The need to try to work in partnership with parents during a child
protection investigation is a legally-derived expectation of social
work practice. Yet very few empirical studies have examined what
social workers and their clients say to each other when parents are
being assessed for the risk they might present to their children. The
patterning of such talk, and how this might perform a range of
activities is addressed in this thesis.
Social work can be said to derive its practice from twin concerns
with 'care' and 'control'. I describe the ways these themes are made
relevant by participants in child protection investigations using an
approach based on Conversation and Discourse Analysis. The main
sources of data are transcriptions of audio recordings of six extended
meetings between social workers and parents. The discourse of the
worker-client meetings is examined for how it orients to, constitutes
and makes relevant the participants' contrasting roles and
A central analytic theme I consider is the conversational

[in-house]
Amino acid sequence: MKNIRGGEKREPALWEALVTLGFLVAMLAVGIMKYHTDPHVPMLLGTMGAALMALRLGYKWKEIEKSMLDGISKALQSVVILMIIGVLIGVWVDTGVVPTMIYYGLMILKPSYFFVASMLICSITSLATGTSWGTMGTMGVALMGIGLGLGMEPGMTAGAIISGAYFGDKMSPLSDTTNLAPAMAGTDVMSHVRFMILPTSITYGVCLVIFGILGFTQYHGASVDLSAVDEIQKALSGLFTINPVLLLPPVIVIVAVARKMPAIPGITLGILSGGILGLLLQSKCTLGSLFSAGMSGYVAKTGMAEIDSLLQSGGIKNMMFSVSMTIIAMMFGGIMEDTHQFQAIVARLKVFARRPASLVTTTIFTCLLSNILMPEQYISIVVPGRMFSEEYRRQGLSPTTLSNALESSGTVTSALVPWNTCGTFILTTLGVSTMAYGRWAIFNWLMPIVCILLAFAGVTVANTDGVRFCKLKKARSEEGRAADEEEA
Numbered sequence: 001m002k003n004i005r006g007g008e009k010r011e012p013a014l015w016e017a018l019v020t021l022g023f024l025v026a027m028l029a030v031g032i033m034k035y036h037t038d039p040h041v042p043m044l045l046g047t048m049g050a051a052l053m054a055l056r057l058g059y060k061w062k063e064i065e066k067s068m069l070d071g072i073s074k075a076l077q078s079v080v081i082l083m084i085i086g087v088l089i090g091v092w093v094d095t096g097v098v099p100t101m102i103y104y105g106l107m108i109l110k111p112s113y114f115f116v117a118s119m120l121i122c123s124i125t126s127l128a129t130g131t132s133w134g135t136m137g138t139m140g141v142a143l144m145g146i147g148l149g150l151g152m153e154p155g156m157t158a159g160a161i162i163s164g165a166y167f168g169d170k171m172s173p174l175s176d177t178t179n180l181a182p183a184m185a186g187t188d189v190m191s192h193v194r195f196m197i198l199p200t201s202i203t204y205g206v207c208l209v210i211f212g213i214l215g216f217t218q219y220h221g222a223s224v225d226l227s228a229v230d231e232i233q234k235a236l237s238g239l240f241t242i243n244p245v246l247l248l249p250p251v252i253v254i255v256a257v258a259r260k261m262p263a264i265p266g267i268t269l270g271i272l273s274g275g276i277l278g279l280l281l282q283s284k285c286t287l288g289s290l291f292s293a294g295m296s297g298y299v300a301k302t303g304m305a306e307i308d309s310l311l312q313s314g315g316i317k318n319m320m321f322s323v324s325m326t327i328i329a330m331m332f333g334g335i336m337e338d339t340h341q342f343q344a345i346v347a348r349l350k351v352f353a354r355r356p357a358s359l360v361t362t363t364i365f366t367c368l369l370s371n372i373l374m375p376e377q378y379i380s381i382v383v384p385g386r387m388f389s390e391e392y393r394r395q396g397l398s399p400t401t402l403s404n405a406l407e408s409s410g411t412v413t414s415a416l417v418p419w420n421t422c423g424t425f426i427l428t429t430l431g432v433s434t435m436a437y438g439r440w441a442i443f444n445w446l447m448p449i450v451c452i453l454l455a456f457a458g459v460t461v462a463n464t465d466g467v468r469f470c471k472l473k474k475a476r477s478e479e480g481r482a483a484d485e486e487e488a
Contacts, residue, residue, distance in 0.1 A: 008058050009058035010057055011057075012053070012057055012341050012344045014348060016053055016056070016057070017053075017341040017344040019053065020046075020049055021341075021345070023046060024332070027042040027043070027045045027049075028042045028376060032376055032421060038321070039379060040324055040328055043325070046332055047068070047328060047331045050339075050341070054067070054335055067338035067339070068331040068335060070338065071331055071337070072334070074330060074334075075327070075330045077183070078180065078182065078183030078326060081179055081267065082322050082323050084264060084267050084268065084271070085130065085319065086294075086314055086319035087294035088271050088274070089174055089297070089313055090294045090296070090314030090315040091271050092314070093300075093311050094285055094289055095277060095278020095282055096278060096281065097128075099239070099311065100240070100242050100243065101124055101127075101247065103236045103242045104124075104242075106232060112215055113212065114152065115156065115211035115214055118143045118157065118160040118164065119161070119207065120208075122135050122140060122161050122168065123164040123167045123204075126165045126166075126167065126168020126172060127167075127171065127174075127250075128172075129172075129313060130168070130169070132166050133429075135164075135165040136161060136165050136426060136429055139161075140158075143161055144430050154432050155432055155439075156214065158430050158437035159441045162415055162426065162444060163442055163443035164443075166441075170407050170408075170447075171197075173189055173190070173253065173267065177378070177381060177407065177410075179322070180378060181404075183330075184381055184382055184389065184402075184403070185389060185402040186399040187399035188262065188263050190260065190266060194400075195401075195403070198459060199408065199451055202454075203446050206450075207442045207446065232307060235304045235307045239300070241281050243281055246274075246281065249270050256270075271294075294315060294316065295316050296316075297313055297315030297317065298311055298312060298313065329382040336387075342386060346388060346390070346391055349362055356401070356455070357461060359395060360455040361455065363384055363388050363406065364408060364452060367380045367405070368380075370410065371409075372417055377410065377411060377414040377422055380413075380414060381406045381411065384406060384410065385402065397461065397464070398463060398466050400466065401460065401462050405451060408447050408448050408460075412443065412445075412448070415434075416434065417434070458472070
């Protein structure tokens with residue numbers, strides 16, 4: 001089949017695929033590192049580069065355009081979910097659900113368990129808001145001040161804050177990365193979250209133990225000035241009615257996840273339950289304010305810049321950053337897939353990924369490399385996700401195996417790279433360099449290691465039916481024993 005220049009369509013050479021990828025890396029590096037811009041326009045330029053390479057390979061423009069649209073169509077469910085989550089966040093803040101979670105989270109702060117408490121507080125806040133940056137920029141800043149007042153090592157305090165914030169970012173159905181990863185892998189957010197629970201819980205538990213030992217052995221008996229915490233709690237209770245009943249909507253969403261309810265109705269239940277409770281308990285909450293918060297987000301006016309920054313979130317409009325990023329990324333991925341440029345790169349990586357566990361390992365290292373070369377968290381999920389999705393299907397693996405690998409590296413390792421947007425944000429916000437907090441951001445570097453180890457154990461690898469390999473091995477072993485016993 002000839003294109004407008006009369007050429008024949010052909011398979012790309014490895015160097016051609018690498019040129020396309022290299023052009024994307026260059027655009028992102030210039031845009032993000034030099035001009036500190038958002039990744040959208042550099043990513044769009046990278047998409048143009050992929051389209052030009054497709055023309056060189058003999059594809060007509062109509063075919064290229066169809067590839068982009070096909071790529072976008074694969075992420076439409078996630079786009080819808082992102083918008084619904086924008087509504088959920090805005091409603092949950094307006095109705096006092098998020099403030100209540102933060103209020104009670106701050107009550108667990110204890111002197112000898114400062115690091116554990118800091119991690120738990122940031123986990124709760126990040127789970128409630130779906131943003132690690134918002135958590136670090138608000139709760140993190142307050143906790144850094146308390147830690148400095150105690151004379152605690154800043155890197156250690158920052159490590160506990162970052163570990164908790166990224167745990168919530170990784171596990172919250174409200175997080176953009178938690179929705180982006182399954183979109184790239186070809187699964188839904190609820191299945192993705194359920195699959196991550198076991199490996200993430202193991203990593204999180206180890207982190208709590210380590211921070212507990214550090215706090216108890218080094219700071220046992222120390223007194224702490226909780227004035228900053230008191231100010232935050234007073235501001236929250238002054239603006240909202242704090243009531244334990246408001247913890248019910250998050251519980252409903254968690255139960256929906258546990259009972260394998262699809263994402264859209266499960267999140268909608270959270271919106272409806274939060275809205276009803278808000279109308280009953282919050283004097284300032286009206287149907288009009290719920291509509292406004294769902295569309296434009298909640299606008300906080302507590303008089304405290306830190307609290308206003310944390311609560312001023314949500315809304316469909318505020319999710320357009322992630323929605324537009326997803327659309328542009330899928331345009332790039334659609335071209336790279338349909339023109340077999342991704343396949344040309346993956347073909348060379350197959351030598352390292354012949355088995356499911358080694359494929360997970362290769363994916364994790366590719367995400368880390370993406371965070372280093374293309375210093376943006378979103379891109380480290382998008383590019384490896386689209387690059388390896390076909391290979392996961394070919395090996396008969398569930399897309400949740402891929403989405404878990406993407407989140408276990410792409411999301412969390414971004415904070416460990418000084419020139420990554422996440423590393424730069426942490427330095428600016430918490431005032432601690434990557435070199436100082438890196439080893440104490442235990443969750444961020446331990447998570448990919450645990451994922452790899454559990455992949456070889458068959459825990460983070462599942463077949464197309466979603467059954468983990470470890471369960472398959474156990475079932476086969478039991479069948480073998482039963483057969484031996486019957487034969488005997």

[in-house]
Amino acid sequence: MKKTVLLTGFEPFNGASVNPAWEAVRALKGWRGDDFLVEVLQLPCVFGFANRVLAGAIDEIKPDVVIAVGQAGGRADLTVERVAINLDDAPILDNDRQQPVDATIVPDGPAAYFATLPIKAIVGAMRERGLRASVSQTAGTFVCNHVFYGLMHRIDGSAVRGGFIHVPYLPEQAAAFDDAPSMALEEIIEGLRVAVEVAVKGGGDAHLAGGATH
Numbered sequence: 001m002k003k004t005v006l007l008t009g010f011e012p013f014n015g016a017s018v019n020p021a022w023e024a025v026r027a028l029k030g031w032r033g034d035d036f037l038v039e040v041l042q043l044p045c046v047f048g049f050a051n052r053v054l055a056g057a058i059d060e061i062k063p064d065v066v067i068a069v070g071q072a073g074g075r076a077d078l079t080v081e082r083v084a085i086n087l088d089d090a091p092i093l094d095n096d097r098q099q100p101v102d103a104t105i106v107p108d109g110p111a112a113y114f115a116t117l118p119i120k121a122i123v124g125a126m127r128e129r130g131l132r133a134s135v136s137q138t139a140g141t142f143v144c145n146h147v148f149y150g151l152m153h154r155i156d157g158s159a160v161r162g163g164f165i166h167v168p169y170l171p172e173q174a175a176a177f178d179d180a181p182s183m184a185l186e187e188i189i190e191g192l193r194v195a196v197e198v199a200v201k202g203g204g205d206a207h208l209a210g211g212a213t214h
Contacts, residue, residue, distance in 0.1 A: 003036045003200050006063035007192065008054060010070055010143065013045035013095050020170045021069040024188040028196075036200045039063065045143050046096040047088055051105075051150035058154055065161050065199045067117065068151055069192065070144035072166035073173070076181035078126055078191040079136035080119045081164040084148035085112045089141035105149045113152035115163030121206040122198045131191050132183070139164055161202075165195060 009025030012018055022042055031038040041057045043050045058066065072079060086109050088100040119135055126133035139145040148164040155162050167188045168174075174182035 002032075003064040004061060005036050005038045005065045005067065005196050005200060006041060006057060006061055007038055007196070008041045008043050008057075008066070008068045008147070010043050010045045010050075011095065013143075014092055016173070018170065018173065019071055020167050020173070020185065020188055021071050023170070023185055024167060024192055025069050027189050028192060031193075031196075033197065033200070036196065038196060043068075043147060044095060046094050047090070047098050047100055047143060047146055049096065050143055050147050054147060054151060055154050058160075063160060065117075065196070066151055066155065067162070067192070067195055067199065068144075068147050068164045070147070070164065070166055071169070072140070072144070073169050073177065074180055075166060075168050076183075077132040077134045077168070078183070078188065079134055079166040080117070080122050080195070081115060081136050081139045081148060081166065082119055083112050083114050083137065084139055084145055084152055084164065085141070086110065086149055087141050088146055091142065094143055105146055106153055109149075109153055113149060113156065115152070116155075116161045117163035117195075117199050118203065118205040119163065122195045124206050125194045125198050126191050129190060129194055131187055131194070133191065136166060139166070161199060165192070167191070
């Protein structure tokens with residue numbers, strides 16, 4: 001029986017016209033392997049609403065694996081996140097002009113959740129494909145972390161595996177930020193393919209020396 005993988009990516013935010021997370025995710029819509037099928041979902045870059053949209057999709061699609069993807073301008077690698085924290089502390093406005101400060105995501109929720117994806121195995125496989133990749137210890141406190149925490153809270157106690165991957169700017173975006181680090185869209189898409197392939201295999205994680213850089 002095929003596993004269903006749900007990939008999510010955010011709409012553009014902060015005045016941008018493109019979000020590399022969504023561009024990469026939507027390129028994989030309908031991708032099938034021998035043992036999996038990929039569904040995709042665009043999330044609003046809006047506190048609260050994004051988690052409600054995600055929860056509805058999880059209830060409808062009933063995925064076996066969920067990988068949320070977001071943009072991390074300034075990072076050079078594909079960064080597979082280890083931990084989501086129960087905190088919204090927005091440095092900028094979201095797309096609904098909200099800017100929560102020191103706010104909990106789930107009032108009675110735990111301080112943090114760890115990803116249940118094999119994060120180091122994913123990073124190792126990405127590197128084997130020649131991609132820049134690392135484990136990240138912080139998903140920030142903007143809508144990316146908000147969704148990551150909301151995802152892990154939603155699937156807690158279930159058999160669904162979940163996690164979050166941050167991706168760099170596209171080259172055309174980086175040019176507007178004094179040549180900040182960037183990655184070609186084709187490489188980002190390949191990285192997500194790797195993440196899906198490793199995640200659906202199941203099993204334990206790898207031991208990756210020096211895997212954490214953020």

management of co-operation in social work. This arises out of my
examination of research on the professional-client relationship in
social work and also studies of institutional interactions in
particular settings. Goffman's (1984) concept of 'footing' and
Edwards and Potter's (1992) recent reworking of this within a
'discursive' approach to social psychology are enlisted among other
sources to analyse the interactions. The series of analyses which I
present show how local interactional difficulties are created by the
professional's attempts to affiliate with parents. These are resolved
sequentially and interactionally as the talk oscillates between
various activities associated with the participants' accountability.
I take social work to be constituted by the orientations of the
participants to the control and care dimensions of child protection.
Throughout the thesis, the aim is to validate my approach through a
dialogue with other research studies and also through considering the
participants' own orientations to the issues under discussion.
A Doctoral Thesis. Submitted in partial fulfillment of the requirements for the award of Doctor of Philosophy of Loughborough University.